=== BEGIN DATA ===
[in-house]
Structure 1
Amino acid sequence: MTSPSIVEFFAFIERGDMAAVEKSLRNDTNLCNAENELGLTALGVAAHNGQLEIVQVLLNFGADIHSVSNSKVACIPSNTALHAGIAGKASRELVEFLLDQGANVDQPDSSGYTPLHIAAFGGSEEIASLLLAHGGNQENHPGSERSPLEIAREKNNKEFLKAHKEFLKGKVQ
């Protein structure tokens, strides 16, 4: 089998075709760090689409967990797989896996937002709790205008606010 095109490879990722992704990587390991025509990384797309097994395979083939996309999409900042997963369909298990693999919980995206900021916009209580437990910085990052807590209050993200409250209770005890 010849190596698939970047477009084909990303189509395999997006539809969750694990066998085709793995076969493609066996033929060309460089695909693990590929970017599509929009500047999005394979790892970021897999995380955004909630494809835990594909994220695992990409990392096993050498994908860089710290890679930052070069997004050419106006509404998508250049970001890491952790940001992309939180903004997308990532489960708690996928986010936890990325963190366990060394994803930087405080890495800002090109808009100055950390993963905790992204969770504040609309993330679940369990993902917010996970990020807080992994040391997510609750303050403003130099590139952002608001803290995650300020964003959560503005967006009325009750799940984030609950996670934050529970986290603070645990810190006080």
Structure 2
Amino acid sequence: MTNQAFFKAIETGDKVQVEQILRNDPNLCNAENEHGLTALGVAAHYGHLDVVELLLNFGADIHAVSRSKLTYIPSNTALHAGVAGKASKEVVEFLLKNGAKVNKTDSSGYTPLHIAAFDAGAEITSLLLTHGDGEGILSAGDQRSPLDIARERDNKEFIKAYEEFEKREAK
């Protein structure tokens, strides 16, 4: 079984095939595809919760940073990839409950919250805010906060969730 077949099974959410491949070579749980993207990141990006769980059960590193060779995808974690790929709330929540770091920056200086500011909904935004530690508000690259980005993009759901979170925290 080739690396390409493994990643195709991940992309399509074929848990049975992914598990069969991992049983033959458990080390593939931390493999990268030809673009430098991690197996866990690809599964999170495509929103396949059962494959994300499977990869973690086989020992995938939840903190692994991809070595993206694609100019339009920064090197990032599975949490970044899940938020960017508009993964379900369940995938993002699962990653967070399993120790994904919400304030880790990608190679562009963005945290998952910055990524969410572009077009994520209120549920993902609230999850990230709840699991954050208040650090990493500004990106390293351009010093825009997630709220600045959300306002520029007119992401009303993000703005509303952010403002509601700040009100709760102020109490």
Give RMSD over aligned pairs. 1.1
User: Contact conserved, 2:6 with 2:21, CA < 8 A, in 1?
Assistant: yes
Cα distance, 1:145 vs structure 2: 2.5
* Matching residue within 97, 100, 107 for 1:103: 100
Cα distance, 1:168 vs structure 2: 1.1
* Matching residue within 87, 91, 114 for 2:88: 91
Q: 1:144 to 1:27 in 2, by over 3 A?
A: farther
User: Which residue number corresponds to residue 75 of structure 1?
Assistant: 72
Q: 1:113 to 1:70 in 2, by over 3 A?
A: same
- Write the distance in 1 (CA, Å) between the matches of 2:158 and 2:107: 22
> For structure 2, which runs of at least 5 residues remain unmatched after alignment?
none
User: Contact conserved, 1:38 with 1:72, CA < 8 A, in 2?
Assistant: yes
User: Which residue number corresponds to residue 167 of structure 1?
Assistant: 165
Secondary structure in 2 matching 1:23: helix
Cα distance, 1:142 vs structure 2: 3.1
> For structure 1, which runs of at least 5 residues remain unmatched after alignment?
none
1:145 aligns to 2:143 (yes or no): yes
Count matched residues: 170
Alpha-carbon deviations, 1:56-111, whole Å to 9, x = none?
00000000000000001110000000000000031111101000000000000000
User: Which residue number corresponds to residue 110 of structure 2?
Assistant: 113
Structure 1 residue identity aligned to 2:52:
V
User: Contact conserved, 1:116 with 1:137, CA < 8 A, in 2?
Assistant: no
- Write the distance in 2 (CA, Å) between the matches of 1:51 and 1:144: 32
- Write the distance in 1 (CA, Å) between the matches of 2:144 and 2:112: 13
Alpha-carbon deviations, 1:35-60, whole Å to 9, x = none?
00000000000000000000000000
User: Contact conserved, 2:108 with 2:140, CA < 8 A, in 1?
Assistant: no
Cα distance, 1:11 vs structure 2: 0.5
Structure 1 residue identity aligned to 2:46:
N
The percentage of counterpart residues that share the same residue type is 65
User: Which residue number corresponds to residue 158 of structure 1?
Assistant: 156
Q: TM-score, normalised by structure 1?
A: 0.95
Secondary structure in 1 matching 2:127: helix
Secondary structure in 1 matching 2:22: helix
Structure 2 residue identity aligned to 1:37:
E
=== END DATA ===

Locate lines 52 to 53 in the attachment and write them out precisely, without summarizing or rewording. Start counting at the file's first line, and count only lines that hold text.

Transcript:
User: Which residue number corresponds to residue 158 of structure 1?
Assistant: 156